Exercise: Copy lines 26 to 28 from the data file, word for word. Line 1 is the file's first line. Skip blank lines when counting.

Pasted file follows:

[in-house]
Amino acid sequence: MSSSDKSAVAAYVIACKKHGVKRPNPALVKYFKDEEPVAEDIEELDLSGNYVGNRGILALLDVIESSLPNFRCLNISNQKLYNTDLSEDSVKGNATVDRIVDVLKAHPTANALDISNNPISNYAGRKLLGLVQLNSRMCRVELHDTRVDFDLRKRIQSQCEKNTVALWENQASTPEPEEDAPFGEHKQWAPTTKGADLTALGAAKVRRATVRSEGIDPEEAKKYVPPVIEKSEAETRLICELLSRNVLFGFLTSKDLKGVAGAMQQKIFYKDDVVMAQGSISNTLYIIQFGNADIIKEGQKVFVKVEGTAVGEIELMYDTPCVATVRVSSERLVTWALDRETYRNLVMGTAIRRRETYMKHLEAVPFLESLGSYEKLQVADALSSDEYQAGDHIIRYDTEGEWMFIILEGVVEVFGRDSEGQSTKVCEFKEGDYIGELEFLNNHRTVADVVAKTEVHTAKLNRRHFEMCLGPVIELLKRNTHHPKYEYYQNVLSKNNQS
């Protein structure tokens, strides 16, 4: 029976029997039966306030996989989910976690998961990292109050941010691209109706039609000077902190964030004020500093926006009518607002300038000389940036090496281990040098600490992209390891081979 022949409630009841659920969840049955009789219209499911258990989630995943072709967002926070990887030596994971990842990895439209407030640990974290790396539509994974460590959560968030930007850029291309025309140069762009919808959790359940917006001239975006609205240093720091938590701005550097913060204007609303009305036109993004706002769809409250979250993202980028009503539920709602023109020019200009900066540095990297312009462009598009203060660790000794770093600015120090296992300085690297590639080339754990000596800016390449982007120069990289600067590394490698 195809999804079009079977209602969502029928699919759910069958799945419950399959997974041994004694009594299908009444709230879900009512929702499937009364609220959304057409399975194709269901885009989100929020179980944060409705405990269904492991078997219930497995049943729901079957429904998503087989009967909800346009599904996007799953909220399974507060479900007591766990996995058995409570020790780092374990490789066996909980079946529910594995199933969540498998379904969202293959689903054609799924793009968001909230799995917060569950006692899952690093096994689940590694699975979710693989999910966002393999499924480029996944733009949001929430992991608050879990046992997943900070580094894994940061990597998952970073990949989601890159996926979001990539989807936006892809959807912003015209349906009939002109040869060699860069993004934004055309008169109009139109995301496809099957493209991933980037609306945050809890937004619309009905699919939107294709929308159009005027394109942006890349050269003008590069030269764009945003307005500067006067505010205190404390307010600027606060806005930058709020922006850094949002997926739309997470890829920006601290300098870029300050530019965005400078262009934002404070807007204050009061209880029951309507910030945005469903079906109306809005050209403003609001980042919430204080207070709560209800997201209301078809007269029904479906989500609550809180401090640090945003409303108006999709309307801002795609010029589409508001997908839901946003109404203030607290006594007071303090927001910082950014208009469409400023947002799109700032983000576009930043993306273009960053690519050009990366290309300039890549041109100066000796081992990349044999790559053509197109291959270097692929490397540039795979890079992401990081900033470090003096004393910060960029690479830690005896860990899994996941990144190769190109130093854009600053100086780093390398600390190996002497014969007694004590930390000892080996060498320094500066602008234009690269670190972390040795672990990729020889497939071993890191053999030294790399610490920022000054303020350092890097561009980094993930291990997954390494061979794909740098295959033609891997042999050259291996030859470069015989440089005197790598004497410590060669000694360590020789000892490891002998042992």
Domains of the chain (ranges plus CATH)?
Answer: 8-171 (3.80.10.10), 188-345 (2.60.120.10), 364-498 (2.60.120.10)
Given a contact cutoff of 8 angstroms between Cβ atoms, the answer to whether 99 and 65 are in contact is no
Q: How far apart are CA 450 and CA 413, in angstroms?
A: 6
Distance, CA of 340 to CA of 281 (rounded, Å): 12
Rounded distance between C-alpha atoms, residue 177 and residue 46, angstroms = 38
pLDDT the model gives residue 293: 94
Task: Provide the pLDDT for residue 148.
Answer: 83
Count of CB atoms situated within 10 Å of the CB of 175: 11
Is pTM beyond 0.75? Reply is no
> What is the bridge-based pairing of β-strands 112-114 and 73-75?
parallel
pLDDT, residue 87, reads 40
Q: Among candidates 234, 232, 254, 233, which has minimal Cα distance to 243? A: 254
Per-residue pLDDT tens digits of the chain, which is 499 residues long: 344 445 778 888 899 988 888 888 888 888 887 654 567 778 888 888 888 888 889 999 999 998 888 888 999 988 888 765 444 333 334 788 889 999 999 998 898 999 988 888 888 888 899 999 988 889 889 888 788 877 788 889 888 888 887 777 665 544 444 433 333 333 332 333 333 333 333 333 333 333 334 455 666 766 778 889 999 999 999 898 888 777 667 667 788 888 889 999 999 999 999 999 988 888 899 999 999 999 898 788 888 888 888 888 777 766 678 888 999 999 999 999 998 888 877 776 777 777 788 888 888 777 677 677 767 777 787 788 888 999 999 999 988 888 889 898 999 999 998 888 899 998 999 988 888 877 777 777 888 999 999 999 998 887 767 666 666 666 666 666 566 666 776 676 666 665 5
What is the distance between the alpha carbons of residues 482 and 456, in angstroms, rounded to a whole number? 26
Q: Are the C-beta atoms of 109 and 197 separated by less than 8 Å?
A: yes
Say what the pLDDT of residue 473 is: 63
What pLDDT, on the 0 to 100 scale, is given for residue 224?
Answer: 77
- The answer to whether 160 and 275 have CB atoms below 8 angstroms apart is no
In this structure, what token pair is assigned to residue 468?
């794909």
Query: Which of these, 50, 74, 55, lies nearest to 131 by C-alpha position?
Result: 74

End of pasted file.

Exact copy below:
Answer: 77
- The answer to whether 160 and 275 have CB atoms below 8 angstroms apart is no
In this structure, what token pair is assigned to residue 468?